The wall between the living and the living became less solid as the wall between the living and the dead thinned. In that September transparency people became transparent, only to be located by the just darker flicker of their hearts. [...]

Sunday, November 17, 2013

Süssmayr’s Requiem

I am a sucker for Requiems: Cherubini, Mozart, Dvorak, Fauré, Verdi, Britten, Penderecki and now (and then) Süssmayr’s own. This is what I mean by a Reggie Oliver classic story, one that it is a privilege to read and I am personally pleased to imagine the massed and marshalled audience of this book applauding as it comes to the close of its visionary pattern on the stiff, luxurious paper of the page. It tells of an Englishman who rents a room in Vienna under the room of a bereft Süssmayr who is in turn tainted with a Salieri type bitterness after helping a dying Mozart complete his own Requiem, and seemingly haunted by Mozart’s widow. The English protagonist is as Eric Fenby to Delius who by the end returns to the ‘stone music’ of the Morchester cathedral, which I imagine to be like Lichfield’s.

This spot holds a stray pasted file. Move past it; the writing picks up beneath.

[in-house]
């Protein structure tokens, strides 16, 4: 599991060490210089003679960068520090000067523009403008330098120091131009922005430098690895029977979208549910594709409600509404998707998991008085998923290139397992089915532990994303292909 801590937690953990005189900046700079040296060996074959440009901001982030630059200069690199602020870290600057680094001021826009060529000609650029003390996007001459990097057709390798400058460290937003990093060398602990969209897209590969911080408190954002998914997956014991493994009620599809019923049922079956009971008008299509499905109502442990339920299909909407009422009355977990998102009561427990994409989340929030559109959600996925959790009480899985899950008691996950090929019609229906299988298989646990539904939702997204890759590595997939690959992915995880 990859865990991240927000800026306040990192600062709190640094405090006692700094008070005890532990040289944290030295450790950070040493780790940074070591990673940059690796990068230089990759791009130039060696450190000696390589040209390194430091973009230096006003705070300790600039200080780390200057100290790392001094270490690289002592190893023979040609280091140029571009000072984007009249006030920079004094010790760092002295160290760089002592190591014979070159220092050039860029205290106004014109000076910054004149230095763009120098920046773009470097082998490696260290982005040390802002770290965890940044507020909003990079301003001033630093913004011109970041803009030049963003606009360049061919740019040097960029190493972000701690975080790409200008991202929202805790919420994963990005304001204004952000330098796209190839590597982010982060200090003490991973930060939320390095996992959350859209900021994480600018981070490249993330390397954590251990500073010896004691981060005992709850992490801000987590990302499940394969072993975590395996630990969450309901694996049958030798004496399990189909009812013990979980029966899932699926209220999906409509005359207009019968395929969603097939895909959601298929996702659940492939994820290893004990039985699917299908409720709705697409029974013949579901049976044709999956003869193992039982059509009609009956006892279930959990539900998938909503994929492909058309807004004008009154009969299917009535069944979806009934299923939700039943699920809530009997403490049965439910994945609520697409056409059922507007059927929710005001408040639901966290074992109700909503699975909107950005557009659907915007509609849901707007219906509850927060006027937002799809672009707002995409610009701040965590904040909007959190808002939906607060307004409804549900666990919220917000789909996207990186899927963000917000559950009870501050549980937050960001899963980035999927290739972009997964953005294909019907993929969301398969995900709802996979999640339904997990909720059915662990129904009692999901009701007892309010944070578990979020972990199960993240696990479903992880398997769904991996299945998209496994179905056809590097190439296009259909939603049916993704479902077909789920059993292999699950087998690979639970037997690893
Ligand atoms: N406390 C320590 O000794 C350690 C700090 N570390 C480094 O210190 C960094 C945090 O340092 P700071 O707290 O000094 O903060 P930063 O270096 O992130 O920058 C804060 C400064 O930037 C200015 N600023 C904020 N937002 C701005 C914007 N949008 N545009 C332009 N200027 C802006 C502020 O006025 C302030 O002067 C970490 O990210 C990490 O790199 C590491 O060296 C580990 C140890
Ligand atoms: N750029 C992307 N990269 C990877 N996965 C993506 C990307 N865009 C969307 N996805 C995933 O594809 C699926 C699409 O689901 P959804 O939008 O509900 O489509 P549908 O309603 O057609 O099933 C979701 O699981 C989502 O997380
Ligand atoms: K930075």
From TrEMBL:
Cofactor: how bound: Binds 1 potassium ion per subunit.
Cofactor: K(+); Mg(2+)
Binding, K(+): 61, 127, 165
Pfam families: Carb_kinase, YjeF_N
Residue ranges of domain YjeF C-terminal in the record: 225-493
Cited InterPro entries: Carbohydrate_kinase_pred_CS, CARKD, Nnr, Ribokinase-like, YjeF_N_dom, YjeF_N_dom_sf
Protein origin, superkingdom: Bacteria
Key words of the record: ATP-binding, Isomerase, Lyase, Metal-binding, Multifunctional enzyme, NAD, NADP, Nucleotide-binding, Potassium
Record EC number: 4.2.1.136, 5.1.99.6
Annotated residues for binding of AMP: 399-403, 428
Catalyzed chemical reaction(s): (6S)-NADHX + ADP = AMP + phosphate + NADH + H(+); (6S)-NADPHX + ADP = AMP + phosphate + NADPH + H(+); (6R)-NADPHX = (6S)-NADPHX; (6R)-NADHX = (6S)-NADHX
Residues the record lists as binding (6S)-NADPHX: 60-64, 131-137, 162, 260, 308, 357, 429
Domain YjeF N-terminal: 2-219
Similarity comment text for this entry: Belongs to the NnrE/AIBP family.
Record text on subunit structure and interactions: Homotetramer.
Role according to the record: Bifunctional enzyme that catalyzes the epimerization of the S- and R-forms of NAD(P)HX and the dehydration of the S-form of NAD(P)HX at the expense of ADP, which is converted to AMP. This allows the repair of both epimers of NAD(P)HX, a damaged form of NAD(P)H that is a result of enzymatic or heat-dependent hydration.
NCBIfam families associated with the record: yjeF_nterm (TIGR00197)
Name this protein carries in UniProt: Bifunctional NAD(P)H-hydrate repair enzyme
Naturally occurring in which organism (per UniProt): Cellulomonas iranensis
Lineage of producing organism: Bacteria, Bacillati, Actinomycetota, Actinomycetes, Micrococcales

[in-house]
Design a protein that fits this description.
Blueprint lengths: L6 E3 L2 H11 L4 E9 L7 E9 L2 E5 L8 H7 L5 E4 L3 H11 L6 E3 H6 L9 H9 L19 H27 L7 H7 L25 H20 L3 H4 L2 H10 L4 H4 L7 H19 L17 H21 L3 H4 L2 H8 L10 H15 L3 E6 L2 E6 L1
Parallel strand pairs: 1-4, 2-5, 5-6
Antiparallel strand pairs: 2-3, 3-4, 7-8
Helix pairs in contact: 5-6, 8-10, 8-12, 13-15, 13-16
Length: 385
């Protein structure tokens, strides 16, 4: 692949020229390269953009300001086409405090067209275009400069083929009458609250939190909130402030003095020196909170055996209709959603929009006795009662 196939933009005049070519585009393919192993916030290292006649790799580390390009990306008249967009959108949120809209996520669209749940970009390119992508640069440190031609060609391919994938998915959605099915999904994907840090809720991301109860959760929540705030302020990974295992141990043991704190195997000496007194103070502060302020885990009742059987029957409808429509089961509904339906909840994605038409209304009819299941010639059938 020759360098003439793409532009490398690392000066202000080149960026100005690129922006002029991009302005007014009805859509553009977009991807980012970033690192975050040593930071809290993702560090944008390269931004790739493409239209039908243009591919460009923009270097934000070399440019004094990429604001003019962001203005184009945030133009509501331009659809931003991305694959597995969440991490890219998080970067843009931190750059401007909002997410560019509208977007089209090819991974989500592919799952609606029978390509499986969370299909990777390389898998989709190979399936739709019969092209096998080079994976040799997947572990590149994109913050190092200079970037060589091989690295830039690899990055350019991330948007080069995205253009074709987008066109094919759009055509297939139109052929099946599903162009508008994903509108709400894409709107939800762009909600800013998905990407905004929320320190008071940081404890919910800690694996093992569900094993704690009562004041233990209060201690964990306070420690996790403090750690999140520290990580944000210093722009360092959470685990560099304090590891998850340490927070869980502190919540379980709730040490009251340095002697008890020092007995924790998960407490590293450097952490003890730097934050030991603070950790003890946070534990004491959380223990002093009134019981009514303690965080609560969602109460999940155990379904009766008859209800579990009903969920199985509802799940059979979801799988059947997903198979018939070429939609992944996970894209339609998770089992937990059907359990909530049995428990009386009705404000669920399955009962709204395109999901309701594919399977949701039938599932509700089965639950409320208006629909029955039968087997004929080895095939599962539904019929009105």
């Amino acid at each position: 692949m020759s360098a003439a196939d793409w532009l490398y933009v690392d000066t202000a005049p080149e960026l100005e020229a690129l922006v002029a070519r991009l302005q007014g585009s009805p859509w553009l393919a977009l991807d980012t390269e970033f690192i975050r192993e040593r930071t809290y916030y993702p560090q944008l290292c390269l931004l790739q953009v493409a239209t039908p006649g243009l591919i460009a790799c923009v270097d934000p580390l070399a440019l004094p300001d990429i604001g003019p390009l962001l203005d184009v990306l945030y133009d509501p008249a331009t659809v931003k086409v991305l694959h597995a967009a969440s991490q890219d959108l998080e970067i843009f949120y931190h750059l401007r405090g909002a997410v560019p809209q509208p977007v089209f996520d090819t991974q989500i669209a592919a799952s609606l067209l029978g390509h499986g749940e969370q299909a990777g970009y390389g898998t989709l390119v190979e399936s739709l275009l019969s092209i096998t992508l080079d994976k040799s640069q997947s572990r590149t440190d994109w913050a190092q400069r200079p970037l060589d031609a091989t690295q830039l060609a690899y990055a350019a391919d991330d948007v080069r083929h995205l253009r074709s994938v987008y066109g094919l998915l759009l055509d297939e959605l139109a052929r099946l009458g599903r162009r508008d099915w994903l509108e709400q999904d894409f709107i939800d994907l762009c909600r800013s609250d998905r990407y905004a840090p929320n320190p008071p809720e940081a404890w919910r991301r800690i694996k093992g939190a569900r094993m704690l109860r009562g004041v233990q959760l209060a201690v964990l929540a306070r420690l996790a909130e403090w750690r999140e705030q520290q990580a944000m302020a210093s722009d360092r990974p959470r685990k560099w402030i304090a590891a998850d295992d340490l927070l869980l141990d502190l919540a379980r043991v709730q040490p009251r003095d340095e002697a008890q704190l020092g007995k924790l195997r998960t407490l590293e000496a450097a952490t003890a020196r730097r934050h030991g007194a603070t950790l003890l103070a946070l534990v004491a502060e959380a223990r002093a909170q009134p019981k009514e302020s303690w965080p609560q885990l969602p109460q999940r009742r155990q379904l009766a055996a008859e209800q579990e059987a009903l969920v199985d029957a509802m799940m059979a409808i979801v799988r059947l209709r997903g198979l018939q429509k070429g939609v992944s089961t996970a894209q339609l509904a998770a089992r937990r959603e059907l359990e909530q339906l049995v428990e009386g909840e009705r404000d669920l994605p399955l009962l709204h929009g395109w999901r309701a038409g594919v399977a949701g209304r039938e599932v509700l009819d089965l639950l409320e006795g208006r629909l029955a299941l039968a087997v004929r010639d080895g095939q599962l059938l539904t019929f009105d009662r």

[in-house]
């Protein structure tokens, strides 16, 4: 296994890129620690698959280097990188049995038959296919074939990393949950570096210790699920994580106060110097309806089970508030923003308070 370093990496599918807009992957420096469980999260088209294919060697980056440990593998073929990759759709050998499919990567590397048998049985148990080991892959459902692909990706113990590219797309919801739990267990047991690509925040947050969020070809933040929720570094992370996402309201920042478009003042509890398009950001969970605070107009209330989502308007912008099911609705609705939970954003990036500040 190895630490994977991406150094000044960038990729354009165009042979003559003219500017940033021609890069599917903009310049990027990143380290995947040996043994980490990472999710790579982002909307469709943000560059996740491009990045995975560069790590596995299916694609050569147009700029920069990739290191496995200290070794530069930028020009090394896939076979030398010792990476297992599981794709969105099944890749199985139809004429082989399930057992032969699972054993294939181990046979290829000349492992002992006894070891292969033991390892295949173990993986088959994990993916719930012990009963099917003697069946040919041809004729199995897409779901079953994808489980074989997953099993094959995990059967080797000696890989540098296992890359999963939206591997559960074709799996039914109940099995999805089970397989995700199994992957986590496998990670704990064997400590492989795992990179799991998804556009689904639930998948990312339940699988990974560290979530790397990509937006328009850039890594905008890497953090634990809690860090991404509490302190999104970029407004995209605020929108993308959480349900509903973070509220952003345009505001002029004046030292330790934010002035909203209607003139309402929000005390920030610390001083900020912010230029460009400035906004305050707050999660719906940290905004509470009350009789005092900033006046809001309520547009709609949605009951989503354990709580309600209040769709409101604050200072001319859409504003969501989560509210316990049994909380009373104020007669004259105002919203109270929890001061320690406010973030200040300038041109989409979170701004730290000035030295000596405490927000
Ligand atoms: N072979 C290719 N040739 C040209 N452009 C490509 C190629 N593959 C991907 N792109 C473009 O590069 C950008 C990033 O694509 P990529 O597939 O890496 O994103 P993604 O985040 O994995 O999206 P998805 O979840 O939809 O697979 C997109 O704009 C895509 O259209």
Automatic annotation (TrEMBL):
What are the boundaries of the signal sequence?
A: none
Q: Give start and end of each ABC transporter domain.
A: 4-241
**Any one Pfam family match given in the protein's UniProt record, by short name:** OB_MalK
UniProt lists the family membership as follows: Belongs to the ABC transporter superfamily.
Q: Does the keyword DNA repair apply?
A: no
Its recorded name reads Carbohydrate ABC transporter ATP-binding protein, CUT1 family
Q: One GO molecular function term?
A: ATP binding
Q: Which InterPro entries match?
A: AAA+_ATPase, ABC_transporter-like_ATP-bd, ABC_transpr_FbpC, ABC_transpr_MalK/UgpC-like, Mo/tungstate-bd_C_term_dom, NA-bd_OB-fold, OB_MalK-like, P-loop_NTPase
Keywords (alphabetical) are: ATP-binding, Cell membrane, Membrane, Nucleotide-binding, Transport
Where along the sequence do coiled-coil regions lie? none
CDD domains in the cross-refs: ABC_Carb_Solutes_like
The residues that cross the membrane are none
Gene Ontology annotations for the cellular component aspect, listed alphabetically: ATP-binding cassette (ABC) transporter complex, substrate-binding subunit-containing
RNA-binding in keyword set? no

This story, for me, completes the book’s earlier astrological chart (in ‘Lord of the Fleas’) but inspirationally of death as well as of birth, the precise Epochal moment of each of these two events by charting between them a changing river of astrologically literary harmonics to represent the pattern of the Requiem, a Jungian synchronicity, transcribing a chart-intrinsic series of Blakean passages (not purple so much as golden) fluted through with that ‘riparian spate’, that idea of a river never being the same twice, borne along by the oxymorons of humanity, philosophy, science etc that were first adumbrated by ‘Singing Blood’. And riven by the spirit and music of Mann’s Magic Mountain.

A story that needs to be read and read and read till it gives up all its secrets. Never be impatient with literary works like this one!


Above is an extract from my review of Reggie Oliver's book 'Flowers of the Sea' (Tartarus Press) HERE.

THE UNHOLY WEIGHT OF THE GLIMPSE